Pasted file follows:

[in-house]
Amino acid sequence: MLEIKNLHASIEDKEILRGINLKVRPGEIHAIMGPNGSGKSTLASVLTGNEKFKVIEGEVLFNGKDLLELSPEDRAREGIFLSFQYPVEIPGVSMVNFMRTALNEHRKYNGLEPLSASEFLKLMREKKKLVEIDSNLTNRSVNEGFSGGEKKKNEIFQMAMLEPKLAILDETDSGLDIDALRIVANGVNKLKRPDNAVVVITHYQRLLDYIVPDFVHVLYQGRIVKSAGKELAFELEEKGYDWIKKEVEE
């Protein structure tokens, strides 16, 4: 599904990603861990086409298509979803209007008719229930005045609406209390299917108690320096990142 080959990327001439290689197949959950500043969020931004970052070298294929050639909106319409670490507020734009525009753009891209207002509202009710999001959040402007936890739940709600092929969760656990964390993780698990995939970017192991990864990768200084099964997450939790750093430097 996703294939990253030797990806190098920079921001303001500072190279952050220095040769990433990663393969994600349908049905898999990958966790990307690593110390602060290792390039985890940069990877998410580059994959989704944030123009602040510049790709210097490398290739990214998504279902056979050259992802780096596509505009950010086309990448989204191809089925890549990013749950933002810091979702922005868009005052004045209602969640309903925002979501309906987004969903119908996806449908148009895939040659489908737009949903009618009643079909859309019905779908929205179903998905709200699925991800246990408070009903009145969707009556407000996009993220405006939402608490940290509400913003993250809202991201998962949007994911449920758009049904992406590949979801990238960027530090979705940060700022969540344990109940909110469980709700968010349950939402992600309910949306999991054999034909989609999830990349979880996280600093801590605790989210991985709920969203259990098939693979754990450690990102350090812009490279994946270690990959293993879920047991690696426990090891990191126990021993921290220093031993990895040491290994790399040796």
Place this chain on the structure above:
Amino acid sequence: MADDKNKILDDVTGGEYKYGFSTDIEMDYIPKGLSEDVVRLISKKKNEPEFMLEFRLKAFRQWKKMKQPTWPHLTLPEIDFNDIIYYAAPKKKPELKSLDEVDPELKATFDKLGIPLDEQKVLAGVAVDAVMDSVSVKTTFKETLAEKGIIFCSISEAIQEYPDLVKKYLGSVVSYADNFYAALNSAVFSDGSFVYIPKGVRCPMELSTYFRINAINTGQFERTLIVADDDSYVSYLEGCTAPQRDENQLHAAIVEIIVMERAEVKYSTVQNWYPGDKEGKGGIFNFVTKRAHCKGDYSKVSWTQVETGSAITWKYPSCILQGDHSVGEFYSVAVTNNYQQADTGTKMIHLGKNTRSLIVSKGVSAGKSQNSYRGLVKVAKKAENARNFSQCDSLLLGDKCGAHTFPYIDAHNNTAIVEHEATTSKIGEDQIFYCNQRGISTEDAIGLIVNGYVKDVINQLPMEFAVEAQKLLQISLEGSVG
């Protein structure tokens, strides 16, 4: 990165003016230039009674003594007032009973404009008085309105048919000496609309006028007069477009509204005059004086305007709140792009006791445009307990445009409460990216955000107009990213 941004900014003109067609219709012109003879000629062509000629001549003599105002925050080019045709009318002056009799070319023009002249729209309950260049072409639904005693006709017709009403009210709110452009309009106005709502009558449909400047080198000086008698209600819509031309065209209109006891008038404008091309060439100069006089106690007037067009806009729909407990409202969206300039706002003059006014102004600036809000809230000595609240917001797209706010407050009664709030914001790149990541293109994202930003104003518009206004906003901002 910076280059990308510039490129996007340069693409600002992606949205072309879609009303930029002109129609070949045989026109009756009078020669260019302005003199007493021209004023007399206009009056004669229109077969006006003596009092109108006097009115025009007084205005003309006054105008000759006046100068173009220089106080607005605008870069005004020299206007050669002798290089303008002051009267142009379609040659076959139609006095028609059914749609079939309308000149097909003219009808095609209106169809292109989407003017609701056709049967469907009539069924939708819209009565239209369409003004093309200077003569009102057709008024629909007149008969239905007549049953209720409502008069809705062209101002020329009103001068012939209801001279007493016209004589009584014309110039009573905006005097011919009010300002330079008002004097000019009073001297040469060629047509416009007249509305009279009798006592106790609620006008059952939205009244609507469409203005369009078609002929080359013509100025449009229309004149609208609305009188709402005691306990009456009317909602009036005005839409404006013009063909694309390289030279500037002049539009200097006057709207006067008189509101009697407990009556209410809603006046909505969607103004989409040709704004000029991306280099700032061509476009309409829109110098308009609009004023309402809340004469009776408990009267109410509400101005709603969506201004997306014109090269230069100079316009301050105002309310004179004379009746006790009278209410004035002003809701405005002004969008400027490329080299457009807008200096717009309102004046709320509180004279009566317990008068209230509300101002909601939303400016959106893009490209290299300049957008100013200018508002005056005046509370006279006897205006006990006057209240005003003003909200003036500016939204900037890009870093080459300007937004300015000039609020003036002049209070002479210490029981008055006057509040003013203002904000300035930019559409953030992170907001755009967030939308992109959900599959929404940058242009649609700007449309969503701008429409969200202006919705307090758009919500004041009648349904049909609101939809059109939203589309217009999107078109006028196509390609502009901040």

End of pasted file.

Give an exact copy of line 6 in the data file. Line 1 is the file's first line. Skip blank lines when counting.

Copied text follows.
């Protein structure tokens, strides 16, 4: 990165003016230039009674003594007032009973404009008085309105048919000496609309006028007069477009509204005059004086305007709140792009006791445009307990445009409460990216955000107009990213 941004900014003109067609219709012109003879000629062509000629001549003599105002925050080019045709009318002056009799070319023009002249729209309950260049072409639904005693006709017709009403009210709110452009309009106005709502009558449909400047080198000086008698209600819509031309065209209109006891008038404008091309060439100069006089106690007037067009806009729909407990409202969206300039706002003059006014102004600036809000809230000595609240917001797209706010407050009664709030914001790149990541293109994202930003104003518009206004906003901002 910076280059990308510039490129996007340069693409600002992606949205072309879609009303930029002109129609070949045989026109009756009078020669260019302005003199007493021209004023007399206009009056004669229109077969006006003596009092109108006097009115025009007084205005003309006054105008000759006046100068173009220089106080607005605008870069005004020299206007050669002798290089303008002051009267142009379609040659076959139609006095028609059914749609079939309308000149097909003219009808095609209106169809292109989407003017609701056709049967469907009539069924939708819209009565239209369409003004093309200077003569009102057709008024629909007149008969239905007549049953209720409502008069809705062209101002020329009103001068012939209801001279007493016209004589009584014309110039009573905006005097011919009010300002330079008002004097000019009073001297040469060629047509416009007249509305009279009798006592106790609620006008059952939205009244609507469409203005369009078609002929080359013509100025449009229309004149609208609305009188709402005691306990009456009317909602009036005005839409404006013009063909694309390289030279500037002049539009200097006057709207006067008189509101009697407990009556209410809603006046909505969607103004989409040709704004000029991306280099700032061509476009309409829109110098308009609009004023309402809340004469009776408990009267109410509400101005709603969506201004997306014109090269230069100079316009301050105002309310004179004379009746006790009278209410004035002003809701405005002004969008400027490329080299457009807008200096717009309102004046709320509180004279009566317990008068209230509300101002909601939303400016959106893009490209290299300049957008100013200018508002005056005046509370006279006897205006006990006057209240005003003003909200003036500016939204900037890009870093080459300007937004300015000039609020003036002049209070002479210490029981008055006057509040003013203002904000300035930019559409953030992170907001755009967030939308992109959900599959929404940058242009649609700007449309969503701008429409969200202006919705307090758009919500004041009648349904049909609101939809059109939203589309217009999107078109006028196509390609502009901040």